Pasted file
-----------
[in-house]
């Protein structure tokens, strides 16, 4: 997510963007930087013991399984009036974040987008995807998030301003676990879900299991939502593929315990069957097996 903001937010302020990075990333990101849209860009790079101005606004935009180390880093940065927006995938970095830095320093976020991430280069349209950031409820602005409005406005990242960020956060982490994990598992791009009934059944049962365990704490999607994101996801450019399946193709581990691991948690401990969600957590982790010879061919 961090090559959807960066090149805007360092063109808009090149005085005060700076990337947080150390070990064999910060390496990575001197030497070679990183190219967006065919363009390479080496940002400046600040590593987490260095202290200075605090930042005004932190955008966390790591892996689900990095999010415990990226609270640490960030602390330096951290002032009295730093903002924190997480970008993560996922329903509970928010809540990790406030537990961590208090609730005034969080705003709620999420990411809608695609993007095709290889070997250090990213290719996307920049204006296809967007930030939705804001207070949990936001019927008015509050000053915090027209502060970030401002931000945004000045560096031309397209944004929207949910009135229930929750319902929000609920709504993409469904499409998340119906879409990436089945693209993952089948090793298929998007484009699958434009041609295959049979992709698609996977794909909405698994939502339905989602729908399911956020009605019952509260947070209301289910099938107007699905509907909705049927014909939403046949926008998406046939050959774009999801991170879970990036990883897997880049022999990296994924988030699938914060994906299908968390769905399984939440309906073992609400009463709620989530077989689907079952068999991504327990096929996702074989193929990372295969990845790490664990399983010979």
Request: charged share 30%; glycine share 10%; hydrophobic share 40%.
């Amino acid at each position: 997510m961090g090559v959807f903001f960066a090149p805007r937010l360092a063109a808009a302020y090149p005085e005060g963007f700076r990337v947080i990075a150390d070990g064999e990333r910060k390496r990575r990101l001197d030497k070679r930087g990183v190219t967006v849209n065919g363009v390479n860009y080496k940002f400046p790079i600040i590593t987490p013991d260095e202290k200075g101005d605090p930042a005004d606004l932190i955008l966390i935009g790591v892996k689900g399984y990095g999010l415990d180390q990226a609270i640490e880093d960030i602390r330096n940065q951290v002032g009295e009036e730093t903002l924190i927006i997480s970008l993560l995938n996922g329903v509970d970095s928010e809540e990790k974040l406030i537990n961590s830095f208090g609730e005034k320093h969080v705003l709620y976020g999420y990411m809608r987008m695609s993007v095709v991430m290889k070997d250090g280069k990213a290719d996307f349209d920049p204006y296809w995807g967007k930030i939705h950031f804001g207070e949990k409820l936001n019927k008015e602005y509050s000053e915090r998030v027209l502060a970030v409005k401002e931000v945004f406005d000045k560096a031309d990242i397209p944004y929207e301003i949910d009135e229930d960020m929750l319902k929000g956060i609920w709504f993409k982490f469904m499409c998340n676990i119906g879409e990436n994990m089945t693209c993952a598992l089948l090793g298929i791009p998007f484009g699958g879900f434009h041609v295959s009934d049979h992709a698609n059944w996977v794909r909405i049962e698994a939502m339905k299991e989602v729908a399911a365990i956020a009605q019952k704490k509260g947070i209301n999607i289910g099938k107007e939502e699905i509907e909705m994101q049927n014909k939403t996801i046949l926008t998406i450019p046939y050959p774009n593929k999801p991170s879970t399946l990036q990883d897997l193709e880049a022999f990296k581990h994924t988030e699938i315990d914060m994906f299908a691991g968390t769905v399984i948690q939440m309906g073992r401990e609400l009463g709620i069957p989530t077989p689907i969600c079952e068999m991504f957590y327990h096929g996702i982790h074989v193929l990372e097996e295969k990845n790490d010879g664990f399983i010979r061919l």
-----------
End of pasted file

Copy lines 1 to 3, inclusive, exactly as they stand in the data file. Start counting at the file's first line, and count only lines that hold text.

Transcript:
[in-house]
């Protein structure tokens, strides 16, 4: 997510963007930087013991399984009036974040987008995807998030301003676990879900299991939502593929315990069957097996 903001937010302020990075990333990101849209860009790079101005606004935009180390880093940065927006995938970095830095320093976020991430280069349209950031409820602005409005406005990242960020956060982490994990598992791009009934059944049962365990704490999607994101996801450019399946193709581990691991948690401990969600957590982790010879061919 961090090559959807960066090149805007360092063109808009090149005085005060700076990337947080150390070990064999910060390496990575001197030497070679990183190219967006065919363009390479080496940002400046600040590593987490260095202290200075605090930042005004932190955008966390790591892996689900990095999010415990990226609270640490960030602390330096951290002032009295730093903002924190997480970008993560996922329903509970928010809540990790406030537990961590208090609730005034969080705003709620999420990411809608695609993007095709290889070997250090990213290719996307920049204006296809967007930030939705804001207070949990936001019927008015509050000053915090027209502060970030401002931000945004000045560096031309397209944004929207949910009135229930929750319902929000609920709504993409469904499409998340119906879409990436089945693209993952089948090793298929998007484009699958434009041609295959049979992709698609996977794909909405698994939502339905989602729908399911956020009605019952509260947070209301289910099938107007699905509907909705049927014909939403046949926008998406046939050959774009999801991170879970990036990883897997880049022999990296994924988030699938914060994906299908968390769905399984939440309906073992609400009463709620989530077989689907079952068999991504327990096929996702074989193929990372295969990845790490664990399983010979």
Request: charged share 30%; glycine share 10%; hydrophobic share 40%.